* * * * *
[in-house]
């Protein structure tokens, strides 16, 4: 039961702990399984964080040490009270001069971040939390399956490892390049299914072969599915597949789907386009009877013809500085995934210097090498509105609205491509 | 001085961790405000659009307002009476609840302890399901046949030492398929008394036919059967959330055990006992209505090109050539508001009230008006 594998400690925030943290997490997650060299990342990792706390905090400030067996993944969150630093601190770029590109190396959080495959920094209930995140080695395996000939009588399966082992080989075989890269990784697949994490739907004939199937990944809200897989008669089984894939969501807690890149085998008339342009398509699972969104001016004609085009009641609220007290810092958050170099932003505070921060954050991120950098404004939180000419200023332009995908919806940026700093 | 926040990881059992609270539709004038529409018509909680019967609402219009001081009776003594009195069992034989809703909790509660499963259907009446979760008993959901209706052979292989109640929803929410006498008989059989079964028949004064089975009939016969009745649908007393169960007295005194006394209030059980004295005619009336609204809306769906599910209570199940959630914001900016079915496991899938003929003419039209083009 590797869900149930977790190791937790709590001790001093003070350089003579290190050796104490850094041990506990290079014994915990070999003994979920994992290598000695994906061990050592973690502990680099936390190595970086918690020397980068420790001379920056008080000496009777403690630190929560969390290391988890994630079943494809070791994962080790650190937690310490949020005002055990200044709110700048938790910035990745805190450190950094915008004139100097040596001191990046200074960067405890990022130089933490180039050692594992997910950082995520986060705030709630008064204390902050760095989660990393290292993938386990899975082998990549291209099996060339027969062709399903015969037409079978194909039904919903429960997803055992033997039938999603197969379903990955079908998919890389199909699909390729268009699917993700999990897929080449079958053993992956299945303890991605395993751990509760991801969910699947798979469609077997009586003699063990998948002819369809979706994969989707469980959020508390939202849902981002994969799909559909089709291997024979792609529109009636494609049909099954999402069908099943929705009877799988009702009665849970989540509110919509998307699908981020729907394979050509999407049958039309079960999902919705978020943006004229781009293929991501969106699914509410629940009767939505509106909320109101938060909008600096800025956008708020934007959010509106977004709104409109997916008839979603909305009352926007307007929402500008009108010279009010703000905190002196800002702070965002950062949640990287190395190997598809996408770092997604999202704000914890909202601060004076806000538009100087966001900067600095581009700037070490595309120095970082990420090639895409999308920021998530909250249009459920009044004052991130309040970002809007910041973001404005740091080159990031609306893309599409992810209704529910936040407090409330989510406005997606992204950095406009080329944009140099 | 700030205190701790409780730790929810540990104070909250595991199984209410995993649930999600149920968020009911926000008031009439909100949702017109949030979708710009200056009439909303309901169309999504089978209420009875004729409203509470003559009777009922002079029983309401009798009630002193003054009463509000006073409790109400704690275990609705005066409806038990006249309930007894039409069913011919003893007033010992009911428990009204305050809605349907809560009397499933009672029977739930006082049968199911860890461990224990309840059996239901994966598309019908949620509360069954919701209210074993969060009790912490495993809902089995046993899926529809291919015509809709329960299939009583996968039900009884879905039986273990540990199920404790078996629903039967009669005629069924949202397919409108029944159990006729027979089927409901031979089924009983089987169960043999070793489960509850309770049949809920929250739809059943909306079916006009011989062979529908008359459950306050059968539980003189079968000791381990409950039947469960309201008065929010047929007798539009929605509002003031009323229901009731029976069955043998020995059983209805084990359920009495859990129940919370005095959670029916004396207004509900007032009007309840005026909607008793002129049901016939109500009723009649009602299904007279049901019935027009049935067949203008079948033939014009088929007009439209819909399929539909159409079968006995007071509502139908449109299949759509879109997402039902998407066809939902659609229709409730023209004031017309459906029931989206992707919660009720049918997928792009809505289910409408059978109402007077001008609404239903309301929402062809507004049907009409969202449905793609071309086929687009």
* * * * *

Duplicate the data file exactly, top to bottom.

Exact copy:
[in-house]
């Protein structure tokens, strides 16, 4: 039961702990399984964080040490009270001069971040939390399956490892390049299914072969599915597949789907386009009877013809500085995934210097090498509105609205491509 | 001085961790405000659009307002009476609840302890399901046949030492398929008394036919059967959330055990006992209505090109050539508001009230008006 594998400690925030943290997490997650060299990342990792706390905090400030067996993944969150630093601190770029590109190396959080495959920094209930995140080695395996000939009588399966082992080989075989890269990784697949994490739907004939199937990944809200897989008669089984894939969501807690890149085998008339342009398509699972969104001016004609085009009641609220007290810092958050170099932003505070921060954050991120950098404004939180000419200023332009995908919806940026700093 | 926040990881059992609270539709004038529409018509909680019967609402219009001081009776003594009195069992034989809703909790509660499963259907009446979760008993959901209706052979292989109640929803929410006498008989059989079964028949004064089975009939016969009745649908007393169960007295005194006394209030059980004295005619009336609204809306769906599910209570199940959630914001900016079915496991899938003929003419039209083009 590797869900149930977790190791937790709590001790001093003070350089003579290190050796104490850094041990506990290079014994915990070999003994979920994992290598000695994906061990050592973690502990680099936390190595970086918690020397980068420790001379920056008080000496009777403690630190929560969390290391988890994630079943494809070791994962080790650190937690310490949020005002055990200044709110700048938790910035990745805190450190950094915008004139100097040596001191990046200074960067405890990022130089933490180039050692594992997910950082995520986060705030709630008064204390902050760095989660990393290292993938386990899975082998990549291209099996060339027969062709399903015969037409079978194909039904919903429960997803055992033997039938999603197969379903990955079908998919890389199909699909390729268009699917993700999990897929080449079958053993992956299945303890991605395993751990509760991801969910699947798979469609077997009586003699063990998948002819369809979706994969989707469980959020508390939202849902981002994969799909559909089709291997024979792609529109009636494609049909099954999402069908099943929705009877799988009702009665849970989540509110919509998307699908981020729907394979050509999407049958039309079960999902919705978020943006004229781009293929991501969106699914509410629940009767939505509106909320109101938060909008600096800025956008708020934007959010509106977004709104409109997916008839979603909305009352926007307007929402500008009108010279009010703000905190002196800002702070965002950062949640990287190395190997598809996408770092997604999202704000914890909202601060004076806000538009100087966001900067600095581009700037070490595309120095970082990420090639895409999308920021998530909250249009459920009044004052991130309040970002809007910041973001404005740091080159990031609306893309599409992810209704529910936040407090409330989510406005997606992204950095406009080329944009140099 | 700030205190701790409780730790929810540990104070909250595991199984209410995993649930999600149920968020009911926000008031009439909100949702017109949030979708710009200056009439909303309901169309999504089978209420009875004729409203509470003559009777009922002079029983309401009798009630002193003054009463509000006073409790109400704690275990609705005066409806038990006249309930007894039409069913011919003893007033010992009911428990009204305050809605349907809560009397499933009672029977739930006082049968199911860890461990224990309840059996239901994966598309019908949620509360069954919701209210074993969060009790912490495993809902089995046993899926529809291919015509809709329960299939009583996968039900009884879905039986273990540990199920404790078996629903039967009669005629069924949202397919409108029944159990006729027979089927409901031979089924009983089987169960043999070793489960509850309770049949809920929250739809059943909306079916006009011989062979529908008359459950306050059968539980003189079968000791381990409950039947469960309201008065929010047929007798539009929605509002003031009323229901009731029976069955043998020995059983209805084990359920009495859990129940919370005095959670029916004396207004509900007032009007309840005026909607008793002129049901016939109500009723009649009602299904007279049901019935027009049935067949203008079948033939014009088929007009439209819909399929539909159409079968006995007071509502139908449109299949759509879109997402039902998407066809939902659609229709409730023209004031017309459906029931989206992707919660009720049918997928792009809505289910409408059978109402007077001008609404239903309301929402062809507004049907009409969202449905793609071309086929687009």